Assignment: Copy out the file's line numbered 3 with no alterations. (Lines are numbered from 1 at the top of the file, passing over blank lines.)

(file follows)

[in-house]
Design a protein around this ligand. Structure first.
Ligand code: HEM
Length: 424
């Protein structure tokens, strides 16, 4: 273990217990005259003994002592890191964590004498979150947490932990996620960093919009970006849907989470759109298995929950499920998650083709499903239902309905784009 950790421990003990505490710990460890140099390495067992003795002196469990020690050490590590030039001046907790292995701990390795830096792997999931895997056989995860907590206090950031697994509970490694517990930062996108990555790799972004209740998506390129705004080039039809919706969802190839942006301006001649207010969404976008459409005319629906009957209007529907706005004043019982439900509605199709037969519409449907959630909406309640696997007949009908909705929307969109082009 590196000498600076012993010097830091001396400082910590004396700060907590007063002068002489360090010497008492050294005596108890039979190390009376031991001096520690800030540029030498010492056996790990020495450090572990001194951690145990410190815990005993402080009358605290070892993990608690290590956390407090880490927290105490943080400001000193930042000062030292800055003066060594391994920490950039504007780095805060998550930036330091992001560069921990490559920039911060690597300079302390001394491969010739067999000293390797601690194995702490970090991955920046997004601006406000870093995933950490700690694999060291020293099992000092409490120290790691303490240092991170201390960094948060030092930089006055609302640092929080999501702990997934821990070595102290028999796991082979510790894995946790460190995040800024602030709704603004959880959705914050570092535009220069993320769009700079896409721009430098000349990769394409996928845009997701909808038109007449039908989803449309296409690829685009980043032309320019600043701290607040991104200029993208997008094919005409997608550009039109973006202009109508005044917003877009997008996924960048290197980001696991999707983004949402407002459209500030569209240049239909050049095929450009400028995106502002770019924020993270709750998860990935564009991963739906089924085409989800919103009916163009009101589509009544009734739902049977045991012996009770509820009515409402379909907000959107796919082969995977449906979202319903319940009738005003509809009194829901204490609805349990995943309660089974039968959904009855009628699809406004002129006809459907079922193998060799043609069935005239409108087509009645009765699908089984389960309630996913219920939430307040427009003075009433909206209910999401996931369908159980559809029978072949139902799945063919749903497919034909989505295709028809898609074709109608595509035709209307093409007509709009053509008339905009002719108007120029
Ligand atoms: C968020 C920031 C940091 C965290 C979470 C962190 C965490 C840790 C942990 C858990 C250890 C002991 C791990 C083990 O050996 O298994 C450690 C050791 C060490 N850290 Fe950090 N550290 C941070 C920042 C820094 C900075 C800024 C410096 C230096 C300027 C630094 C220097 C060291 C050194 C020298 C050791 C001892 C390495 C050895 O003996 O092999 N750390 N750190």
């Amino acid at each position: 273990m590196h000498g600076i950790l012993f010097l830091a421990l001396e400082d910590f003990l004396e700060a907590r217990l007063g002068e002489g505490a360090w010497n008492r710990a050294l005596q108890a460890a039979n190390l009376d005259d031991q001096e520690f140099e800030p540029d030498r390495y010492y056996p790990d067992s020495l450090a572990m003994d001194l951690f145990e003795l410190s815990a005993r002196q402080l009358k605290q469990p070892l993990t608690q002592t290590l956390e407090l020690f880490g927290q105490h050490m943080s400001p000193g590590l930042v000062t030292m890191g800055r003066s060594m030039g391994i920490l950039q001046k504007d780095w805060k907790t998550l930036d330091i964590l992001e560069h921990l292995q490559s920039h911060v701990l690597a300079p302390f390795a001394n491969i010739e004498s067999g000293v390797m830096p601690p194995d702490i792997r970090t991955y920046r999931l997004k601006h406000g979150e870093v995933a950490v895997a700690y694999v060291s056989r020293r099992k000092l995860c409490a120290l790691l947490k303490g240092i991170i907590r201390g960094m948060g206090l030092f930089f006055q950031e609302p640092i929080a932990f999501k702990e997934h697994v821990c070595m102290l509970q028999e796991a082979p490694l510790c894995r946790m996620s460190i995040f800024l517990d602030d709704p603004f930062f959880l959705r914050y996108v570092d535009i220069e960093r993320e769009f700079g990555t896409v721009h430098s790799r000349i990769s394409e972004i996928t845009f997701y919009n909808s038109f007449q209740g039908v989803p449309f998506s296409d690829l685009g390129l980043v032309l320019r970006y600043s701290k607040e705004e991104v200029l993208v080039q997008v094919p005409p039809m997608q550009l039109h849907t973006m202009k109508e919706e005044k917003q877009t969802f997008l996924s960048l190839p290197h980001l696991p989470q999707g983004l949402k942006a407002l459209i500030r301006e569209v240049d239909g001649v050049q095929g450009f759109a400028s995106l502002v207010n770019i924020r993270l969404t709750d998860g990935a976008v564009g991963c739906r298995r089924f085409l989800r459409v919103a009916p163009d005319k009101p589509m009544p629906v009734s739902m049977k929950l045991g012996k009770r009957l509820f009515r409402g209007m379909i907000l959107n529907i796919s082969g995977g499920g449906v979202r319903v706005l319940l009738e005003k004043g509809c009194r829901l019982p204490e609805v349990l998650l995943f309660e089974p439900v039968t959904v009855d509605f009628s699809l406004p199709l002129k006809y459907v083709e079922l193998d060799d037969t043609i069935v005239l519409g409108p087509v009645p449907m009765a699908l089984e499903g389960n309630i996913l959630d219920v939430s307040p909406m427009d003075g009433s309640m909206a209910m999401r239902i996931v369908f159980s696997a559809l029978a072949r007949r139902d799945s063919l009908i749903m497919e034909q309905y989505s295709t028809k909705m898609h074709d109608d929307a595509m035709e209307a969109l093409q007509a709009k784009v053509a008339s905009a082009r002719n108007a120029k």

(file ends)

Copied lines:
Ligand code: HEM